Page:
How Taking a Tip from Harry Potter Can Boost Employee Productivity by 7.8%
Strengths—the characteristics that pull from our natural talents, skills, and knowledge—are really often given short shrift in the work place. It’s more common to have a managerial discussion about areas that need improvement than areas where performance is consistently outstanding with employees, and that’s a shame.
Most People Don’t Use Their Strengths . . .
The fact is, most Americans don’t use their strengths throughout the day. When employees are not using their strengths, they might be content, or satisfied with their job, but they don’t feel connected in any particular way. Over time, employees who are not working to their strengths become disengaged from their work. This is bad for the employee, but it’s also bad for the business, since low engagement has a significant impact on productivity, operating margins, and—of course—morale.
. . .and that Creates Big Problems with Disengagement and Low Productivity
73 percent of employees are disengaged or actively disengaged from their work.
The 21 percent of employees who are “actively disengaged” cost American businesses more than $350B in productivity every year.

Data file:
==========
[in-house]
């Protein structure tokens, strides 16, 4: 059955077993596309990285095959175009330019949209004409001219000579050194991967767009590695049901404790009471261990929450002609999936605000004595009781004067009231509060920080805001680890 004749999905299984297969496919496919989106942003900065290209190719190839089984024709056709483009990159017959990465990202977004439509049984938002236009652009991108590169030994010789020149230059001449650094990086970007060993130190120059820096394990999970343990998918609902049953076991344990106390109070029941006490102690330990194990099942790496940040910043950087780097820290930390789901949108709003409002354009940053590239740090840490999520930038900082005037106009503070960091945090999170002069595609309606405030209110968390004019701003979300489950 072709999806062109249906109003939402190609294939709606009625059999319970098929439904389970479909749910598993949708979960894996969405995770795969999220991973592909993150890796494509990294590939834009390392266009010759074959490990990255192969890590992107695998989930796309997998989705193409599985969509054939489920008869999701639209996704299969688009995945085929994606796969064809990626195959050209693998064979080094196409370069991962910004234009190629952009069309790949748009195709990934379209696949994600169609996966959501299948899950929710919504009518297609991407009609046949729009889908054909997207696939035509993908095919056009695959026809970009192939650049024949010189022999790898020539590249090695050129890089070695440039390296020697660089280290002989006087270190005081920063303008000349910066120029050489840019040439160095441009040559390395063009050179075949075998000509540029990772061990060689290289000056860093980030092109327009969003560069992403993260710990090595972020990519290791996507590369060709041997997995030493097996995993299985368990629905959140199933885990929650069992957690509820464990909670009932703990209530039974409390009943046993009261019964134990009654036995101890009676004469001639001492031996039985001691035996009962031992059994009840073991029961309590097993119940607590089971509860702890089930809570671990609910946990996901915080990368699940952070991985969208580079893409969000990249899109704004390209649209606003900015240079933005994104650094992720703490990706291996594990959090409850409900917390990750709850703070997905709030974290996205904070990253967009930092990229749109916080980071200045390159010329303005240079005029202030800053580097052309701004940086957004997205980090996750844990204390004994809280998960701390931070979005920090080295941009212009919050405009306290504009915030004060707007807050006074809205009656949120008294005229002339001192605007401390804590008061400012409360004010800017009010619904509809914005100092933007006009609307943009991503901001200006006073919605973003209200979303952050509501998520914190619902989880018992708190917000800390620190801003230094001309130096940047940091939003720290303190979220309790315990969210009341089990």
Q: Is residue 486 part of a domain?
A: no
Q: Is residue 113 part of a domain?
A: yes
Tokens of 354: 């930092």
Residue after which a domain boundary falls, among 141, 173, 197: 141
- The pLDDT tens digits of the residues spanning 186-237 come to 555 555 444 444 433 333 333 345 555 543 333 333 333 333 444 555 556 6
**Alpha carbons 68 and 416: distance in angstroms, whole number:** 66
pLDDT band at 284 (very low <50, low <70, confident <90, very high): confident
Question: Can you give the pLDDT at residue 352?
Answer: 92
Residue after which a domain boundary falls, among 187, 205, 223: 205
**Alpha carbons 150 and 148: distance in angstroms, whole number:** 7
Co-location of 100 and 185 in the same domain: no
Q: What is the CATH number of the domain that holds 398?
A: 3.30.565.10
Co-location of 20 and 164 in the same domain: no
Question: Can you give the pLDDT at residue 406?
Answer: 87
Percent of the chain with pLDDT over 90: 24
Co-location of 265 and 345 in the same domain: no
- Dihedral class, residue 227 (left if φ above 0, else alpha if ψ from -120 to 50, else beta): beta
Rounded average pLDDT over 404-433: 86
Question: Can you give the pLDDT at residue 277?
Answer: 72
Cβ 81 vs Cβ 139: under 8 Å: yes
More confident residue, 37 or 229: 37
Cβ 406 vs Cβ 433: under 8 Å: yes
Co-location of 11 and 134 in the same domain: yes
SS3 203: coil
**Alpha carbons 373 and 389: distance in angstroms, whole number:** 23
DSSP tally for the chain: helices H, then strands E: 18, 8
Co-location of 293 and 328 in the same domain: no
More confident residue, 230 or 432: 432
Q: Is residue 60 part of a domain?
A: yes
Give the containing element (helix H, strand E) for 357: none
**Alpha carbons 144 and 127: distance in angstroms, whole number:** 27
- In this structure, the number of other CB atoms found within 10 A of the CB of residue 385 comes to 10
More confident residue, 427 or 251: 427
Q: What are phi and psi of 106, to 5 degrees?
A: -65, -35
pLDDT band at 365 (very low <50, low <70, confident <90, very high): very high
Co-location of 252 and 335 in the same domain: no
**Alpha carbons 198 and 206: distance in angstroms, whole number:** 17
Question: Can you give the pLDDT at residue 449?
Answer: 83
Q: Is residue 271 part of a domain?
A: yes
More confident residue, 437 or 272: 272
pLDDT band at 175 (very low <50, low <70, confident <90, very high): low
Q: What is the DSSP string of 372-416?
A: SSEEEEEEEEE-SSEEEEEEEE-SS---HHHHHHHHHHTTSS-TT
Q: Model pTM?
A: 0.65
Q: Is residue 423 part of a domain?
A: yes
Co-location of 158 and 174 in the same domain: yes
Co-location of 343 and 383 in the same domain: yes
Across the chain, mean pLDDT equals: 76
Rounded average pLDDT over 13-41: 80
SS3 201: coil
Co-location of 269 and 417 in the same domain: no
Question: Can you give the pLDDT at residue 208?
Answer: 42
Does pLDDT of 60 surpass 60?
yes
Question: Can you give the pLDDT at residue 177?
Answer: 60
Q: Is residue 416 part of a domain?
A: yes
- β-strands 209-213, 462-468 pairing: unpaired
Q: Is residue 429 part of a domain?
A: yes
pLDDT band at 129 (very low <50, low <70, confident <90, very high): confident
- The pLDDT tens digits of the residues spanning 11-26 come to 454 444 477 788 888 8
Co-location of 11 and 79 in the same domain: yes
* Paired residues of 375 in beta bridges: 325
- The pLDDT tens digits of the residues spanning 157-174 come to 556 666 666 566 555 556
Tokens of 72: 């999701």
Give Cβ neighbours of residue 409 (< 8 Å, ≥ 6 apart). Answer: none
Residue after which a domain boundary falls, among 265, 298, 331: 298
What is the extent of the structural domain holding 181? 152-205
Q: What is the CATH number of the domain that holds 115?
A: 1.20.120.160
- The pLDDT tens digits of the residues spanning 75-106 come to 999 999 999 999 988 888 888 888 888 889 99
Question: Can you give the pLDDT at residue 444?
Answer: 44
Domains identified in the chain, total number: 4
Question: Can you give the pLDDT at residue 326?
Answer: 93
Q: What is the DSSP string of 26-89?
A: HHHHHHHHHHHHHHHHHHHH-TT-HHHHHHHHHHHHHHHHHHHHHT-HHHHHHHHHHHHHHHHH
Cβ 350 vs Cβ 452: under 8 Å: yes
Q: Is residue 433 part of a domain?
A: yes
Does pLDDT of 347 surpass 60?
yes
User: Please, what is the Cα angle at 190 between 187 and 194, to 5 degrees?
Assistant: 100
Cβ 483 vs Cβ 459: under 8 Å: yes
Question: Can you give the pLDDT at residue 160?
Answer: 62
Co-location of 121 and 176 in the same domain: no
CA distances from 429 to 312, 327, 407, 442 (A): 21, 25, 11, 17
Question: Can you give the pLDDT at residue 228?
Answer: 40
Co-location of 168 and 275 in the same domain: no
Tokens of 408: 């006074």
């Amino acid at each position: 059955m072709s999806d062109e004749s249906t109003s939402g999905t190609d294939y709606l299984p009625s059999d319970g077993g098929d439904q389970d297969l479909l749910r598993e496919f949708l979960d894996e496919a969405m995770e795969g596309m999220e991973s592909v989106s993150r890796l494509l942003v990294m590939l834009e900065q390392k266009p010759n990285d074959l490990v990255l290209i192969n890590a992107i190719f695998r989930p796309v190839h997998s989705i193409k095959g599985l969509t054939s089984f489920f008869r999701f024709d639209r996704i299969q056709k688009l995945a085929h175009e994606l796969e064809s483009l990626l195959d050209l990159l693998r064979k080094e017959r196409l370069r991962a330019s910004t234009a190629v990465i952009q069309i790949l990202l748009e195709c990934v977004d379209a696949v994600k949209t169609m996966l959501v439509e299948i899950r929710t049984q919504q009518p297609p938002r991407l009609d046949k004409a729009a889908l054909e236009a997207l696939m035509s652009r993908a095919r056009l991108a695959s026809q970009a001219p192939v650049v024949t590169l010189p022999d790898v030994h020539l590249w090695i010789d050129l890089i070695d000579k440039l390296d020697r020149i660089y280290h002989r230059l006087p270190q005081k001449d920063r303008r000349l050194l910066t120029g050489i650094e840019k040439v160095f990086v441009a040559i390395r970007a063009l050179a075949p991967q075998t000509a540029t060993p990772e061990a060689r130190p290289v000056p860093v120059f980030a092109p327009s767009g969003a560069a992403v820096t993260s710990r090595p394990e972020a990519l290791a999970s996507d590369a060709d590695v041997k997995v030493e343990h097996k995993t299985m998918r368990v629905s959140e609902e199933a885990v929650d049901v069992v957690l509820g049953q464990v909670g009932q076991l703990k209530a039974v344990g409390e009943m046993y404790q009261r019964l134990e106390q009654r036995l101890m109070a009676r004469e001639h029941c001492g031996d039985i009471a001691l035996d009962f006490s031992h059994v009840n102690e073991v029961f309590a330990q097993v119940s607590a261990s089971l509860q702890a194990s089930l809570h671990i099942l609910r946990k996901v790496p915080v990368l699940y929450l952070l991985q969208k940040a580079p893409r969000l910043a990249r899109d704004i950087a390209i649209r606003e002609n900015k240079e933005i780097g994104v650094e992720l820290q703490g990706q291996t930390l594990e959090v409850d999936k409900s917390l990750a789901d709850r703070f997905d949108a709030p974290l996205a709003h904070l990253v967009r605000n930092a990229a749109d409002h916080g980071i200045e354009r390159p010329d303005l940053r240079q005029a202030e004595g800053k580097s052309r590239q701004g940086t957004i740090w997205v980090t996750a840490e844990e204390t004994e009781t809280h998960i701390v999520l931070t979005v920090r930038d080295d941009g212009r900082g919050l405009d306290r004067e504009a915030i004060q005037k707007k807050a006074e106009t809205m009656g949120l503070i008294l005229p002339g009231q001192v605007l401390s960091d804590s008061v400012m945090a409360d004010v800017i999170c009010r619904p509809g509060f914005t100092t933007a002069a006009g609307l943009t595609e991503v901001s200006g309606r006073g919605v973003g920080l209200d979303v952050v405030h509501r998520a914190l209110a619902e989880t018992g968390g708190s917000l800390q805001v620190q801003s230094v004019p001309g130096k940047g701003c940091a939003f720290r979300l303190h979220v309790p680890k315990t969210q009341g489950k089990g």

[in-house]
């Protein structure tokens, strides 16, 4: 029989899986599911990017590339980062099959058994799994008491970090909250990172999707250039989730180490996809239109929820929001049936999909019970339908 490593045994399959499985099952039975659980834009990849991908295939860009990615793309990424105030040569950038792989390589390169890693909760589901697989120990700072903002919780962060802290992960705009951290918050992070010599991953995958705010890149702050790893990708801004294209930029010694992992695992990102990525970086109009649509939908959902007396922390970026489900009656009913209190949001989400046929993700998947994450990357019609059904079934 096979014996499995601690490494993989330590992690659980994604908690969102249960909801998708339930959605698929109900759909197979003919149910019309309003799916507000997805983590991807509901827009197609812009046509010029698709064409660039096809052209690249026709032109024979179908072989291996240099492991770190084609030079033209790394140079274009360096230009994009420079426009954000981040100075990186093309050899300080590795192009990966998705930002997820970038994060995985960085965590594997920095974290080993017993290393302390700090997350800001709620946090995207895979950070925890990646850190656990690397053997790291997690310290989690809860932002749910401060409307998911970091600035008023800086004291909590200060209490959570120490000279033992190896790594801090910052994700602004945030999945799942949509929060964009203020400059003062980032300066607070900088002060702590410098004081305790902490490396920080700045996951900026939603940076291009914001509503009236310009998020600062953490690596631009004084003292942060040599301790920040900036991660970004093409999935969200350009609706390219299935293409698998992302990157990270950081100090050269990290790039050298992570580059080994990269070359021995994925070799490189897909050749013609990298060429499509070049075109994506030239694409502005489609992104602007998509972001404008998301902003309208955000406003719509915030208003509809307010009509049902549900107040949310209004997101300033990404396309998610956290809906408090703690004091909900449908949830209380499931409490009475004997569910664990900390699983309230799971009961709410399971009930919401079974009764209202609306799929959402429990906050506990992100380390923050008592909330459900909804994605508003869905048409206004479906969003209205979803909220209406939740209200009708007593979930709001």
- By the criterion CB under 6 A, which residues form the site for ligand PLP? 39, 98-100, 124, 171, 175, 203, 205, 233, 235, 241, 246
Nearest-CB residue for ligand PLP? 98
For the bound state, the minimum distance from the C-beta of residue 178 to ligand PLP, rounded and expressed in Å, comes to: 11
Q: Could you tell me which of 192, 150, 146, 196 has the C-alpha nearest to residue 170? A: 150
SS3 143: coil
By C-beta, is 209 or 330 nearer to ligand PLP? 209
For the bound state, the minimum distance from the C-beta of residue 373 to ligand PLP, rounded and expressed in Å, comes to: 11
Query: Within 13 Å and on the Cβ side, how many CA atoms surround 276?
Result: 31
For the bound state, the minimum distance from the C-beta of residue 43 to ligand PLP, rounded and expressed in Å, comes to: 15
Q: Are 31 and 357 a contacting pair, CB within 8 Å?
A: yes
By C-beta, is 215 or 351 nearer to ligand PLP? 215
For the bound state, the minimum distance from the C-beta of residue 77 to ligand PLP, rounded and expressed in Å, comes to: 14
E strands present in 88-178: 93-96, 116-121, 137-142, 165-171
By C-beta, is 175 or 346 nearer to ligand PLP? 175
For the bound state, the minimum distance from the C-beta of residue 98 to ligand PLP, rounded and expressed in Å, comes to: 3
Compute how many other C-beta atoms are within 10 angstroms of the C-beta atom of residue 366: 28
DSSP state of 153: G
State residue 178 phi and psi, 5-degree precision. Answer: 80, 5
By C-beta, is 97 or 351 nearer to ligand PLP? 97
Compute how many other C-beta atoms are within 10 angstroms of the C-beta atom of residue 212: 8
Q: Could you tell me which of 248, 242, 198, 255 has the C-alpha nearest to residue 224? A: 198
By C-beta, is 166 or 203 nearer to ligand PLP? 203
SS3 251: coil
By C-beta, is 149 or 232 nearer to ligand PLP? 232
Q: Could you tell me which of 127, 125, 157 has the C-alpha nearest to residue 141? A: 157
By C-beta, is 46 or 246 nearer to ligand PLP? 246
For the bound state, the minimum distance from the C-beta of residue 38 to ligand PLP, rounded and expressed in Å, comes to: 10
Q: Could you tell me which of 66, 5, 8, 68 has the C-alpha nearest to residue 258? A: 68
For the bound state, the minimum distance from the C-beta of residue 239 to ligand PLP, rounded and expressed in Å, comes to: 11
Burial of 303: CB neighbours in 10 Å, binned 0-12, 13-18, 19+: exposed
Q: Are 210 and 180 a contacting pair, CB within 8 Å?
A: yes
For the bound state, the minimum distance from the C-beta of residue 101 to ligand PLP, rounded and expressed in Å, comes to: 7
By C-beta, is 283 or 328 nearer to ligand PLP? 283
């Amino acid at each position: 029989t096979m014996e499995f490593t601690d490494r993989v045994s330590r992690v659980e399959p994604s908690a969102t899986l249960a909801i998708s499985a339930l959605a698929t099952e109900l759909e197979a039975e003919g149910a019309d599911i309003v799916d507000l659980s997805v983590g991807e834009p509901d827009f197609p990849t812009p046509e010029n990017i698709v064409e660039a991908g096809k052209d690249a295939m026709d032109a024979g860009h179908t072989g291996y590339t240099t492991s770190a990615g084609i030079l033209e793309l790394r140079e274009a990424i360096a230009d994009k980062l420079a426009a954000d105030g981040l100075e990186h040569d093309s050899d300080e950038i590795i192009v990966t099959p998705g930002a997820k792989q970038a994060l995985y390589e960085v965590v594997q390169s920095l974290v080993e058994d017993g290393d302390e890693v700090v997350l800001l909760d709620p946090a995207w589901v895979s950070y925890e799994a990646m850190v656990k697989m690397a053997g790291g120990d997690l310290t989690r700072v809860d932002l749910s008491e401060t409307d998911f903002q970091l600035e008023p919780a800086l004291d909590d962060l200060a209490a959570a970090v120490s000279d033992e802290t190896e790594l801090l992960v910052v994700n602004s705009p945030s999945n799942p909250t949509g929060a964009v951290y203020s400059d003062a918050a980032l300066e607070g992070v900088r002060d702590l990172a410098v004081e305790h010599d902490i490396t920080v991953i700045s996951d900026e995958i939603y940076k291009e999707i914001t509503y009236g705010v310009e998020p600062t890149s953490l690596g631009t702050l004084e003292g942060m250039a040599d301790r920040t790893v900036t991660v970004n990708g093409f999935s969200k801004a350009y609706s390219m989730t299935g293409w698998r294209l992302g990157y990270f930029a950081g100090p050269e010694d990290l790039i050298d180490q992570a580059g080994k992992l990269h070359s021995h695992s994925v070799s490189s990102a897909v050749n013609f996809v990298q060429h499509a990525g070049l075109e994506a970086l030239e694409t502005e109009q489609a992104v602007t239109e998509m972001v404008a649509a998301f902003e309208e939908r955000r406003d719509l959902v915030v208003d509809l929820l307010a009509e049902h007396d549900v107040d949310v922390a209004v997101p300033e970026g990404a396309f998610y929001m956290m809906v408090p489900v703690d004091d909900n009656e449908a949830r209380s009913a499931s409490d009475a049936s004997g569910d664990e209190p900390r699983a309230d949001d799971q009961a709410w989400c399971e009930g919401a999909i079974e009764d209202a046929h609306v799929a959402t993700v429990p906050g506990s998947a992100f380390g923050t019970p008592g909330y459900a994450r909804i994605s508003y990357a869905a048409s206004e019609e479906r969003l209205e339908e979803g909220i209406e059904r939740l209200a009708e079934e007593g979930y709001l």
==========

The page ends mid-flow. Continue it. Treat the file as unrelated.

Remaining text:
Operating margins at businesses with low employee engagement are 10%, compared to 27% margins at high-engagement companies.
Forty percent of employees who are poorly engaged plan to leave their jobs in the next two years. And the cost of job turnover is extremely expensive.
Of course, poor engagement has costs to the employee too, including poorer health, and higher levels of stress and worry.
But, Managers Can Boost Engagement by Playing to Employee Strengths
Interestingly, managers can boost engagement just by identifying strengths required for different functional areas and using the employees who have those strengths to do those tasks. The manager’s job is less about forcing the square peg, and more about matching employee strengths with work that needs to be done. This is a significant, but surmountable, challenge for managers.
How to Catch a Glimpse of Hidden Strengths
Some employees, despite having presumably what must be a better historical understanding of their strengths than their managers, will immediately think like Harry Potter did in the hours before he faced the Hungarian Horntail. He knew he had to use his strengths, but his immediate concern was, “but I haven’t got any strengths.”
Not having identified strengths certainly doesn’t mean they aren’t there. One way to start is to ask yourself, or your employee, what they were doing the last time they lost track of time or felt an emotional high at work.
When an Employee Works to Their Strengths, there are Big Benefits
That sense of timelessness is a strong signal that the employee was using their strengths and a definite signal that the employee was engaged. When managers can draw out and leverage employee strengths, their workers become engaged, show sustainable high performance, 7.8 percent greater productivity, and deep connections and involvement in their work. They also stay with their employers longer, and tend to bring their colleagues performance up too.
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